Partial Fraction Decomposition with Maple
Copyright © 1999, 2001 by James F. Hurley, University of Connecticut Department of Mathematics, U-9, Storrs CT 06269-3009. All rights reserved.
The interactive version of this Maple worksheet is in MSB 203, in the Math 116 course folder.
Let f(x) = be a rational function in proper form, that is, deg p(x) < deg q(x). Then f(x) is expressible as a sum of partial fractions of one or more of the forms , , , . Maple has a command to carry out such decomposition by doing all the necessary calculations automatically. The command is
convert(f(x), parfrac, x)
-- f(x) is the rational expression to decompose
-- parfrac is the command to split f(x) into a sum of partial fractions
-- x is the variable with respect to which all factoring and decomposing takes place.
For an illustration of convert execute the routine below by placing the cursor at the end of the final line, and hitting the Enter key.
f(x) := 1/(x^3 + 2*x^2 - 7*x + 4);
g(x) := convert( f(x), parfrac, x );
Before decomposing f(x) into a sum of partial fractions, in the background Maple first factored it into the product of irreducible linear factors. To confirm that, ask Maple to carry out the factorization explicitly by executing the following command.
The integral of the rational function f(x) is easy to evaluate directly by hand, but you can have Maple check the calculation. Just execute the next command.
> int( g(x), x );
Note that the output omits the constant C of integration, and so would get only 9 points out of 10 on a test or quiz problem to evaluate !
Needless to say, Maple's value comes not from checking integration that you can easily do by hand, but rather from handling complicated integrals with irreducible quadratic factors, perhaps even to powers, in the denominator. As an illustration, consider Examples 7 and 8 from Section 8.4 of Stewart's Calculus, 4th Edition, ITP Brooks/Cole, 1999, pp. 530531. Execute the commands, and compare to the corresponding material in the text. (The colons at the end of the lines that define the functions h and s suppress printing the formulas for h(x) and s(x), which really is of little value.)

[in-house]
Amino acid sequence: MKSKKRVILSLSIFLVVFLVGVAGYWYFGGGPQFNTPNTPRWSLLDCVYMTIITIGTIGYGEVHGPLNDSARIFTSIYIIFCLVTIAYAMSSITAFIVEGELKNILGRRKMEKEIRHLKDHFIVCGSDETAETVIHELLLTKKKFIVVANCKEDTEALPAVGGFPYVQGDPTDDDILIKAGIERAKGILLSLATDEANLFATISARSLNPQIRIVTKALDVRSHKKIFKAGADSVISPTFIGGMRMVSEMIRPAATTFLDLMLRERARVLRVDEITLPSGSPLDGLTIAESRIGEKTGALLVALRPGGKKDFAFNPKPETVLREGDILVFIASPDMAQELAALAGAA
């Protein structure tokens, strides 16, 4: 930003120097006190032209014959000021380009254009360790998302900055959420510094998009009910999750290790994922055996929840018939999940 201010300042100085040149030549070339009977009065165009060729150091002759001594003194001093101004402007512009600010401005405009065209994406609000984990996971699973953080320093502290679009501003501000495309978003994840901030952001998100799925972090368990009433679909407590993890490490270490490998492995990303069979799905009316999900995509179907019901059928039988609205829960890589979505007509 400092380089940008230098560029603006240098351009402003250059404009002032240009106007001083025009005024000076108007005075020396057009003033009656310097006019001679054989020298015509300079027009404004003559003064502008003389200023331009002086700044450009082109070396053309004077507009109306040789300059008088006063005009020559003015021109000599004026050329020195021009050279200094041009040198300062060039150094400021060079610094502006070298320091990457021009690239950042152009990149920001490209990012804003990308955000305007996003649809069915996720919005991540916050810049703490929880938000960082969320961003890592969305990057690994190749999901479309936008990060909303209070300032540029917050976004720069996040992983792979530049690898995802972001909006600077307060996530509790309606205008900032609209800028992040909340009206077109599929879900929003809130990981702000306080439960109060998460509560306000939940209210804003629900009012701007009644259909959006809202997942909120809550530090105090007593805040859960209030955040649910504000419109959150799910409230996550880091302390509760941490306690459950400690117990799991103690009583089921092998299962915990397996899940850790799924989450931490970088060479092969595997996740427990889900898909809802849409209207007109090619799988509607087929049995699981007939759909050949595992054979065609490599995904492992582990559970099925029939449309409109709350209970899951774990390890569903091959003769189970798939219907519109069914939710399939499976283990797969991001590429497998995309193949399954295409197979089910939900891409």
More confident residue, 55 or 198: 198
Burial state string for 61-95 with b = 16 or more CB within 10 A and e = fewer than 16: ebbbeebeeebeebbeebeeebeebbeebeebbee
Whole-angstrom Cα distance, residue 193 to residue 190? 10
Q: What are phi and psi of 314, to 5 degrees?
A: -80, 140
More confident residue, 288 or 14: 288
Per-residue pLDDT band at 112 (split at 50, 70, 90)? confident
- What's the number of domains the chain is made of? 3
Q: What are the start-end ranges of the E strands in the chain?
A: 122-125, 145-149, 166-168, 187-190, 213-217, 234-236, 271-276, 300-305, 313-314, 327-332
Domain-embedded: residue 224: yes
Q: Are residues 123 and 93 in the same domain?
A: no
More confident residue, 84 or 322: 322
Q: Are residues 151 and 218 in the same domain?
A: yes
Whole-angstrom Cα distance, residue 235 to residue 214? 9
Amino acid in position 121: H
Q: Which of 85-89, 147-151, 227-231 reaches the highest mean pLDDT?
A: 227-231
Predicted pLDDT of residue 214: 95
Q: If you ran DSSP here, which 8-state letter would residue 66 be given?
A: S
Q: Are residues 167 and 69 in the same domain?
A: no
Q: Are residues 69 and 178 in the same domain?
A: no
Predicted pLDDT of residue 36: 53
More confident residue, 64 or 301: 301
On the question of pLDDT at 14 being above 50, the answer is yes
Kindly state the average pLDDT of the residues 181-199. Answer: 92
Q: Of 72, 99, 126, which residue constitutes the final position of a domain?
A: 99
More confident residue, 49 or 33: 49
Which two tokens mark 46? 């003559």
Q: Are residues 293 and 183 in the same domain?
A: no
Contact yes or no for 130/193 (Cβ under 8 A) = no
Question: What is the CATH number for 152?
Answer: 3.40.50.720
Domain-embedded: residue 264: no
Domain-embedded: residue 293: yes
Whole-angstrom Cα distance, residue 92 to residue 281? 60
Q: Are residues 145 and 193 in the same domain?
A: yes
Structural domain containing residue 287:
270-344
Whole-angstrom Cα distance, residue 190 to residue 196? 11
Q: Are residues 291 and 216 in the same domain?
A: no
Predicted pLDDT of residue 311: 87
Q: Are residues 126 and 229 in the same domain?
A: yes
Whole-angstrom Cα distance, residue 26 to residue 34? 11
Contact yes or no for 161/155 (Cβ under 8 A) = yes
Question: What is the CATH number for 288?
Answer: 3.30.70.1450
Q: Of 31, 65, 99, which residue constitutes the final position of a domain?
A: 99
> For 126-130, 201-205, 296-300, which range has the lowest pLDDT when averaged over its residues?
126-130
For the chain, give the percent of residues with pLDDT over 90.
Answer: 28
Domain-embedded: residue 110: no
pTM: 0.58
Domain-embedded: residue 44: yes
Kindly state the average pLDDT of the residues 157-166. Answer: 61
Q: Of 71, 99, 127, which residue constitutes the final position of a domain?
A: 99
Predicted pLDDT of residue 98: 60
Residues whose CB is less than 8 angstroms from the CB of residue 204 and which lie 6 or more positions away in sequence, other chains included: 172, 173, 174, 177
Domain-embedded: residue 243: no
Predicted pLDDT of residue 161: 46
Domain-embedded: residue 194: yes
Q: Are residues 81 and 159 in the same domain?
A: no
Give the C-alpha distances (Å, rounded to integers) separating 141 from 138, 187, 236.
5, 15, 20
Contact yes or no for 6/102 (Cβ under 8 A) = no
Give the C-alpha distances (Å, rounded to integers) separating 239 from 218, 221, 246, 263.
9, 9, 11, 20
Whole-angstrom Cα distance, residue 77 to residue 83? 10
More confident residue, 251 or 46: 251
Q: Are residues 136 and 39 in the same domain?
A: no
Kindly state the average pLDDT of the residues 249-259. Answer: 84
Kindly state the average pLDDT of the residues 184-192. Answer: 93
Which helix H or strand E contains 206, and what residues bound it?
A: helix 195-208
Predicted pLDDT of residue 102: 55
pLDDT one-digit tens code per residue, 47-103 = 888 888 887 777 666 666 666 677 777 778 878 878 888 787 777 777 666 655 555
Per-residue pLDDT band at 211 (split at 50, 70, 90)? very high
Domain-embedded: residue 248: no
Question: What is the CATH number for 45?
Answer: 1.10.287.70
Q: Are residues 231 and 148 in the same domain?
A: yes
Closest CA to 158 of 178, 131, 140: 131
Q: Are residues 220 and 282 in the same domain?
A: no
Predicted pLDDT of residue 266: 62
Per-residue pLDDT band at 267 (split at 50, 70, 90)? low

h(x) := (x^3 + x^2 + 1)/( x*(x - 1)*(x^2 + x + 1)*(x^2 + 1)^3 ):
k(x) := convert( h(x), parfrac, x);
s(x) := (1 - x + 2*x^2 - x^3)/( x*(x^2 + 1)^2 ):
t(x) := convert( s(x), parfrac, x);
> int( t(x), x);
Again, except for the missing constant of integration, the last output agrees with Stewart's final answer to Example 8.
If you try to decompose by hand a rational function that is not in proper form
[that is, one in which the degree of the numerator p(x) is greater than deg q(x) ], the resulting calculations normally produce a bogus answer. However, if you use parfrac on a rational expression not in proper form, Maple first does the necessary division of p(x) by q(x) in the background. The next command illustrates this for Stewart's Example 6, p. 529.
r(x) := (4*x^2 - 3*x + 2)/(4*x^2 - 4*x + 3);
convert( r(x), parfrac, x);
I t is easy to confirm that Maple actually did divide p(x) by q(x). Note that q(x) = is an irreducible quadratic polynomial. The following routine reduces p(x)/q(x) to proper form explicitly, and outputs the first displayed equation of Stewart's solution. The command quo finds the quotient of the numerator by the denominator, and rem calculates the remainder that comes from that division.
p(x) := 4*x^2 - 3*x + 2:
q(x) := 4*x^2 - 4*x + 3:
w(x) := quo( p(x), q(x), x):
v(x) := rem( p(x), q(x), x)/q(x):
u(x) := w(x) + v(x);
Let's have Maple decompose the rational function v(x), which is in proper form, and then check the text's integration.
z(x) := convert( v(x), parfrac, x);
int(1 + z(x), x);
Again except for the missing constant of integration, the output agrees with the results of Stewart's hand calculations.